Dr. Dog | A Different Realm

For a moment it was no longer the dead of winter, and the Music Hall of Williamsburg was transformed into a tropical luau, with vines hanging from banisters and fruit nestled high above, where the bannister met the ceiling. And then, of course, there was the pink flamingo at the center of the stage. The flamingo reminded you why you were there in the first place: the release of Dr. Dog’s first live album, Live At A Flamingo Hotel. They would be performing for eight nights in New York City, and then continuing onward for a full-on U.S. tour through April. 

Julia Edelman sat backstage with Scott McMicken and Toby Leaman, who have been friends since the eighth grade. Scott speaks cautiously, and Toby exudes an air of boyish excitement. They discussed the beginnings of Dr. Dog, reaching a fuller, more collaborative spirit, and psychedelic swamps. 


What was your first show? 
Scott McMicken: As Dr. Dog? Our friend had a birthday party and we played in her bathroom. 

Toby Leaman: She had two bathrooms, so you could still use the other bathroom and come upstairs and see the Dr. Dog show.

So were you playing in the bathtub? 
SM: Yeah! We all had white clothes on and coffee ground beards. You put Vaseline on your face in the shape of a beard and then throw coffee grounds at it and it just sticks there so you have these weird little, tight beards.

And then people took you seriously after that? 
SM: [Laughs] Oh yeah, they took us extremely seriously.

Would you say that your dynamic and style as a band has changed a lot over time?
SM: Thinking back, I don’t ever remember feeling like the band wasn’t operating at its fullest collaborative spirit. But then with each person that’s joined, they’ve improved upon that, and all of a sudden you stand back and realize things are working so much better.


Why did you decide to make a live album? 
SM: It’s been a point of conversation for many years now, but it just came up again and at that point the band’s confidence in a live show had really grown to a point where we’re like “Okay, we can handle this.” Whereas prior to that, the idea of listening to yourself recorded live seemed like a really terrifying, uncomfortable thing to do. But now our style of playing together has become a lot more nuanced.

Do you think a live album changes your relationship with the audience? That it makes the whole experience of listening to your music feel more tangible, or closer, somehow?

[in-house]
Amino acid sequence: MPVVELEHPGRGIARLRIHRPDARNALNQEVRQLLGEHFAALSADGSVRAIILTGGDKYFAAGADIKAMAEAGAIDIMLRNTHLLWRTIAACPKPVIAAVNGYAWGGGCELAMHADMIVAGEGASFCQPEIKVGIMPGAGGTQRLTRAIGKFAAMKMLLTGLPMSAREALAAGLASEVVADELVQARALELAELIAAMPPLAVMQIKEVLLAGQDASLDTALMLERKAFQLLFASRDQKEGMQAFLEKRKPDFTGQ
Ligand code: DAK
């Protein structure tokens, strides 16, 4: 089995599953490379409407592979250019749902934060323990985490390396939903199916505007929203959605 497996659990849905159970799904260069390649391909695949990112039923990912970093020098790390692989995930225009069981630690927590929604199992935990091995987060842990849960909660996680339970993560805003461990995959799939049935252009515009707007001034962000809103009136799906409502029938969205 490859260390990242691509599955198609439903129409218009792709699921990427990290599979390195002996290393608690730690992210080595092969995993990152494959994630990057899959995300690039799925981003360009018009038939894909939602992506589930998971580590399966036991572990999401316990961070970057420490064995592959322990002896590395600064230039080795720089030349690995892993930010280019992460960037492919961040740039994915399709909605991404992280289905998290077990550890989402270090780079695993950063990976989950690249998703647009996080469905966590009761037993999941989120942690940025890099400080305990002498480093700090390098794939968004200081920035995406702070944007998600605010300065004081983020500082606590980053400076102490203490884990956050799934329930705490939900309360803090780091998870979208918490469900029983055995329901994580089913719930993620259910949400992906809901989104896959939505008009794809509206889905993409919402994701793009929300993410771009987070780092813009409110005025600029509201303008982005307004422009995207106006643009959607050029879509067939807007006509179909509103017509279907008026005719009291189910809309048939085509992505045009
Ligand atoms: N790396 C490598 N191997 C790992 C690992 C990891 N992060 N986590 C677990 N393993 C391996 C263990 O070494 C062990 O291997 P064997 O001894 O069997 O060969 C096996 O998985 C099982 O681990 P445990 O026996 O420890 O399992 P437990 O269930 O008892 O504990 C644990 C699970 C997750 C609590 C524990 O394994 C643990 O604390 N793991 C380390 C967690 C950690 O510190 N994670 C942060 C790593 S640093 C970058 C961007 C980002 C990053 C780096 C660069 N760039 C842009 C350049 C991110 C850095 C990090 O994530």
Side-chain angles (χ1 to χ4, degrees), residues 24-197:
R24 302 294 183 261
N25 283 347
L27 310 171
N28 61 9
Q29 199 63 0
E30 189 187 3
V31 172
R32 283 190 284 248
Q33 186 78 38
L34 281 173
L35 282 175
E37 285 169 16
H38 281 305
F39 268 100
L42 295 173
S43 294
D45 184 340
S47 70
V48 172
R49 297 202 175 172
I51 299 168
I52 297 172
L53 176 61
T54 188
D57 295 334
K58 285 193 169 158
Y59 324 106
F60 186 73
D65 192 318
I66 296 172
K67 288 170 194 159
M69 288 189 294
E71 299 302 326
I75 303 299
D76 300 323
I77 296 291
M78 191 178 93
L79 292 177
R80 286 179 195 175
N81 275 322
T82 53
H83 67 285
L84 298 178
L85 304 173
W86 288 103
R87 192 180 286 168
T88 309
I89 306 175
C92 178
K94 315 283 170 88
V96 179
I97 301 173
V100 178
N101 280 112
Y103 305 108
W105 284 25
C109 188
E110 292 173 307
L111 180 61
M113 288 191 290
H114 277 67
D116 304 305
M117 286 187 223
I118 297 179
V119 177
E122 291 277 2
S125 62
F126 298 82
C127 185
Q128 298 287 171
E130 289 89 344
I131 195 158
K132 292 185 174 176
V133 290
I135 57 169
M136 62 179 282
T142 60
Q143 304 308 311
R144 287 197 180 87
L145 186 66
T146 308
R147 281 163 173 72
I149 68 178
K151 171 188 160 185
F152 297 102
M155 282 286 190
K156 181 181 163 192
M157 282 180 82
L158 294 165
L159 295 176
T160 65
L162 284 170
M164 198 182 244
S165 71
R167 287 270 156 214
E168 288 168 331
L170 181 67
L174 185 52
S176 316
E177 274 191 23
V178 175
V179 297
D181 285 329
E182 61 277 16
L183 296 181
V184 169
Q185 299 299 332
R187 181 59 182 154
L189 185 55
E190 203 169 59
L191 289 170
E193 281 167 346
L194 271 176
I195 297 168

SM: Yeah, I think so. Our identity as a live band is a huge part of what the band has become. 

TL: But the focus on the live record is more band-driven than audience-driven. There’s audience on there, obviously, but it’s not presented as a single show or event. It’s what the band sounds like live. The audience is not the be-all, end-all of the record.    

Right. And I feel like a lot of great live albums started coming out around the early 1970s from The Who, Velvet Underground, and Bob Dylan, among many others. Is this a sort of nod to that era?
SM: Interestingly enough, it kind of is. A guy who works at our label, Andy, remembered growing up with live records coming out, usually accompanied by a live movie, so you could go to the movies and see Led Zeppelin play, and that was your rare window into a band’s world. Now everybody has so much access to information, whereas there was a time when you would pore over the photos inside the record cover, and Andy was really romanticizing that.


Do you ever consider experimenting with another medium, such as film? I'm just thinking of Talking Head's use of live music in Stop Making Sense or Animal Collective's visual album, Oddsac.
SM: Well, next year we’re actually doing a musical. There’s this theatre group in Philadelphia called Pig Iron, and they were offered this grant to collaborate with a non-traditional entity outside of the world of theatre. We realized this concept album we made years ago is actually sort of the perfect thing to adapt to theatre.

What is the general theme of the album?
TL: The Psychedelic Swamp? It’s this guy who has a real humdrum lifestyle, very boring and gray and repetitive, and he starts getting these advertisements for the psychedelic swamp through his dreams and on the actual radio. He ends up going to the swamp. It’s a little unclear how. I think he just pulls his skin off. 

SM: I thought he died. But at one point he makes a shift into a different realm. He escapes. 

TL: And he slowly comes to realize the grind is the same. He still has his stupid job where he has to clock in. He still has to hear these dumb ads on the radio and the TV. He still has to do all the mundane things that you have to do. 

SM: In essence, this guy realizes that initially he should have taken responsibility for his life, but he gradually becomes more removed from his memory of what life and reality actually is, so he becomes desperate to communicate this thing he has figured out. But his ability to communicate is getting worse and worse and worse, and you hear that throughout the course of the record. So the record is actually a letter from him to us, Dr. Dog. The premise is not that we’ve made this, but that we’ve received this from this guy, and he’s got this very urgent message about what matters in life and how to get yourself on top and make yourself happy. He trusts that we’re the band that can translate his message into American pop music, and he bestows upon us this responsibility to translate his insane language into something that the whole world will hear and understand.  





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